Access to lexical meaning in pitch-flattened Chinese sentences: An fMRI study

Guoqing Xu, Linjun Zhang, Hua Shu, Xiaoyi Wang, Ping Li

Research output: Contribution to journalArticle

21 Scopus citations

Abstract

Chinese is a tonal language in which variation in pitch is used to distinguish word meanings. Thus, in order to understand a word, listeners have to extract the pitch patterns in addition to its phonemes. Can the correct word meaning still be accessed in sentence contexts if pitch patterns of words are altered? If so, how is this accomplished? The present study attempts to address such questions with event-related functional magnetic resonance imaging (fMRI). Native speakers of Mandarin Chinese listened to normal and pitch-flattened (monotone) speech inside the scanner. The behavioral results indicated that they rated monotone sentences as intelligible as normal sentences, and performed equally well in a dictation test on the two types of sentences. The fMRI results showed that both types of sentences elicited similar activation in the left insular, middle and inferior temporal gyri, but the monotone sentences elicited greater activation in the left planum temporale (PT) compared with normal sentences. These results demonstrate that lexical meaning can still be accessed in pitch-flattened Chinese sentences, and that this process is realized by automatic recovery of the phonological representations of lexical tones from the altered tonal patterns. Our findings suggest that the details of spoken pitch patterns are not essential for adequate lexical-semantic processing during sentence comprehension even in tonal languages like Mandarin Chinese, given that listeners can automatically use additional neural and cognitive resources to recover distorted tonal patterns in sentences.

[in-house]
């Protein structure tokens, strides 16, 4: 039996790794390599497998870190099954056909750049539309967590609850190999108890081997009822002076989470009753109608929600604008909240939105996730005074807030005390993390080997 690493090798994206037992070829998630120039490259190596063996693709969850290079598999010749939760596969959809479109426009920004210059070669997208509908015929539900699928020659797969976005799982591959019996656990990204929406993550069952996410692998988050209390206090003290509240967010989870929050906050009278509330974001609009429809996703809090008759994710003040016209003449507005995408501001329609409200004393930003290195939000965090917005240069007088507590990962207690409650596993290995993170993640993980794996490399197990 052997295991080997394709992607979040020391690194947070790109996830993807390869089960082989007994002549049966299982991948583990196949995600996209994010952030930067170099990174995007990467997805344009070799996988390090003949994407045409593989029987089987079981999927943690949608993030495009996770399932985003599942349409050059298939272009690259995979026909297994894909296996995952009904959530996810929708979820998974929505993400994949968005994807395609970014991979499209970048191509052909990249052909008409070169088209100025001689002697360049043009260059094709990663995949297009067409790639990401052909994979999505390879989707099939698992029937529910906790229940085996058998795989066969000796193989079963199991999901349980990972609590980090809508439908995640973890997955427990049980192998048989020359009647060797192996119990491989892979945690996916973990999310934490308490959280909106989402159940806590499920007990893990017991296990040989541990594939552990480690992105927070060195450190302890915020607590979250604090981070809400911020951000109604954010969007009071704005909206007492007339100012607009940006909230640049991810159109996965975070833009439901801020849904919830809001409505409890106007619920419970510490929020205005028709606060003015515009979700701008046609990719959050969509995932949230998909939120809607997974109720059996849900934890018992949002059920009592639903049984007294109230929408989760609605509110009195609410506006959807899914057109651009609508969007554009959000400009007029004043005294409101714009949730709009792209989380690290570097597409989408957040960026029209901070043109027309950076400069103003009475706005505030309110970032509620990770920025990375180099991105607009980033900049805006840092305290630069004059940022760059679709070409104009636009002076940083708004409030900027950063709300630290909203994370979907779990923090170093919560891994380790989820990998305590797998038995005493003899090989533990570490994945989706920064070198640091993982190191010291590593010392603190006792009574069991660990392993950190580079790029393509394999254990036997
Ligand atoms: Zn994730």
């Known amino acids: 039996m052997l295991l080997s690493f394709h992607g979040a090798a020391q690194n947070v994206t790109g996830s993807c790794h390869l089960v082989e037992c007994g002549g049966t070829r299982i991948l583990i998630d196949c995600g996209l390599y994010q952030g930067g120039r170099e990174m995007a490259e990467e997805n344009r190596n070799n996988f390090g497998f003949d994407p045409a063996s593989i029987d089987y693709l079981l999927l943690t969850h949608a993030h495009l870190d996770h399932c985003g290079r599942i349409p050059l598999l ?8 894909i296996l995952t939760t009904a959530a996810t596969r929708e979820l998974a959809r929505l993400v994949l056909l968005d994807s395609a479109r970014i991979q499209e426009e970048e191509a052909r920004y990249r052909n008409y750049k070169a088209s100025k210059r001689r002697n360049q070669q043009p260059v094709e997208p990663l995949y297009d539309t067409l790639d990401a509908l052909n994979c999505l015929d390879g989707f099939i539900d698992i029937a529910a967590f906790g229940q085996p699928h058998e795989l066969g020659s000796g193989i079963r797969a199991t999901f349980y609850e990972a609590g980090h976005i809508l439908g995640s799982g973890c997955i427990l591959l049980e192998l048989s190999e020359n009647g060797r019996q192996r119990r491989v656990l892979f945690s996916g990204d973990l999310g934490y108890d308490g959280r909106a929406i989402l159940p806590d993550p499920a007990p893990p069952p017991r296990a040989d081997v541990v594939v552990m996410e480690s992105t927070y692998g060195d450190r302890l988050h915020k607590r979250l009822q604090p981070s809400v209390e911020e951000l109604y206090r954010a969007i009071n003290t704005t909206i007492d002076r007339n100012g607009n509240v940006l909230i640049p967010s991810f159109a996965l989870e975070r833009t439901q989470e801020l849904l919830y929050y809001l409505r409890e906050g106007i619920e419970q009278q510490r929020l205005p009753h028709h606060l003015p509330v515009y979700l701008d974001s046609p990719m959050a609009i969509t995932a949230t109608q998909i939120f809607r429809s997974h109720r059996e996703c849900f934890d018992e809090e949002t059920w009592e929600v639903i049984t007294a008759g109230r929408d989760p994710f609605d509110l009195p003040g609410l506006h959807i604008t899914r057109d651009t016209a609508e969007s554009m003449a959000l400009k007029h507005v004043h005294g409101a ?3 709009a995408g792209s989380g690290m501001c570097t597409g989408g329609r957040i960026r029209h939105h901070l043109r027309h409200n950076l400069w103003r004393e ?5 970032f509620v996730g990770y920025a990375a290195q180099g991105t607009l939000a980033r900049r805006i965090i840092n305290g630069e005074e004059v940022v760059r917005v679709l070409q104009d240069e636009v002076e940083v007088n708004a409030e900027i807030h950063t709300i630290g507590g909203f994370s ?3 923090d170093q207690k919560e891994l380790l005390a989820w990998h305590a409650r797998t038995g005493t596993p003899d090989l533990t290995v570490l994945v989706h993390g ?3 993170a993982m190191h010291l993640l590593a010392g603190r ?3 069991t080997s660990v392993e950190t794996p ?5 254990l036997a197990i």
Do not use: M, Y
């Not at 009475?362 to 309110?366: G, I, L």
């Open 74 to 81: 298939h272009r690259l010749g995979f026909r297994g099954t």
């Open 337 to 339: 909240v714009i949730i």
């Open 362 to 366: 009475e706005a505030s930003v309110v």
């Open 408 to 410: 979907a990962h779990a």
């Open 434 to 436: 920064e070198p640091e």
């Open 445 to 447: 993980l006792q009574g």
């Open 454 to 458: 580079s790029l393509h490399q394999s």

Original languageEnglish (US)
Pages (from-to)550-556
Number of pages7
JournalNeuropsychologia
Volume51
Issue number3
DOIs
StatePublished - Feb 1 2013

All Science Journal Classification (ASJC) codes

  • Experimental and Cognitive Psychology
  • Cognitive Neuroscience
  • Behavioral Neuroscience

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